Preparing Child Welfare Practitioners: Implications for Title IV-E Education and Training Partnerships

Austin Griffiths, David Royse, Kristine Piescher, Traci LaLiberte

Research output: Contribution to journalArticlepeer-review

9 Scopus citations


High rates of child welfare practitioner turnover remain a national problem with significant consequences. Title IV-E education and training programs prepare child welfare practitioners for this line of work with the intent that they will create long term careers. This study analyzed qualitative data from a 2016 statewide electronic survey launched to obtain frontline child welfare practitioner feedback about workforce turnover and assist the agency in retention efforts. Practitioner insight resulted in 189 responses specifically related to improving the state’s Title IV-E supported education and training program–the “Academy.” A qualitative thematic analysis identified three main themes: making it more realistic and hands on (n = 104), needing additional training and specific content (n = 45), and feeling overwhelmed with the experience (n = 40). Practitioner feedback illustrated the existing tensions with using a blended model to educate and train the workforce. Implications for Title IV-E education and training partnerships are discussed.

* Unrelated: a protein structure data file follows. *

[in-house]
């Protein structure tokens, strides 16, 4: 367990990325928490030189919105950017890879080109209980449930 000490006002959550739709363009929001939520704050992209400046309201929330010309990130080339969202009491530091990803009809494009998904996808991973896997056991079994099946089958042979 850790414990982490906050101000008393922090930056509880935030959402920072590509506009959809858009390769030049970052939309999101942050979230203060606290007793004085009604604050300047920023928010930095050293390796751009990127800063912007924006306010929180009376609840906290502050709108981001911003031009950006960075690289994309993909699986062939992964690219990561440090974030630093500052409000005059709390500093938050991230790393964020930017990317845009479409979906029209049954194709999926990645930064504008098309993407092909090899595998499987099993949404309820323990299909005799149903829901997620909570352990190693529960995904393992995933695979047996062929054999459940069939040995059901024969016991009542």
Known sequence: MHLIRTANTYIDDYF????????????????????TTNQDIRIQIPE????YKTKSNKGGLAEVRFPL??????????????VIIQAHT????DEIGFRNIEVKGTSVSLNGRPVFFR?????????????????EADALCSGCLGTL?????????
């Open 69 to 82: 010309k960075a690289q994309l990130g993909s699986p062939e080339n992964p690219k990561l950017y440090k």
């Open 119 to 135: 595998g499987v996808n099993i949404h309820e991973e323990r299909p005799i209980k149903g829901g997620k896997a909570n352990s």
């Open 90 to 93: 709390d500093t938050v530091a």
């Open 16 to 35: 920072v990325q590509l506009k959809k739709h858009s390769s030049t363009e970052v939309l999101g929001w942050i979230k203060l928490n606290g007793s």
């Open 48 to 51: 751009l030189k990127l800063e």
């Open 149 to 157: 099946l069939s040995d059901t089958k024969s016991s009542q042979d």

Original languageEnglish
Pages (from-to)281-299
Number of pages19
JournalJournal of Public Child Welfare
Issue number3
StatePublished - May 27 2018

Bibliographical note

Publisher Copyright:
© 2018 Taylor & Francis Group, LLC.


  • Child welfare
  • education
  • partnerships
  • title IV-E
  • training

ASJC Scopus subject areas

  • Developmental and Educational Psychology
  • Sociology and Political Science


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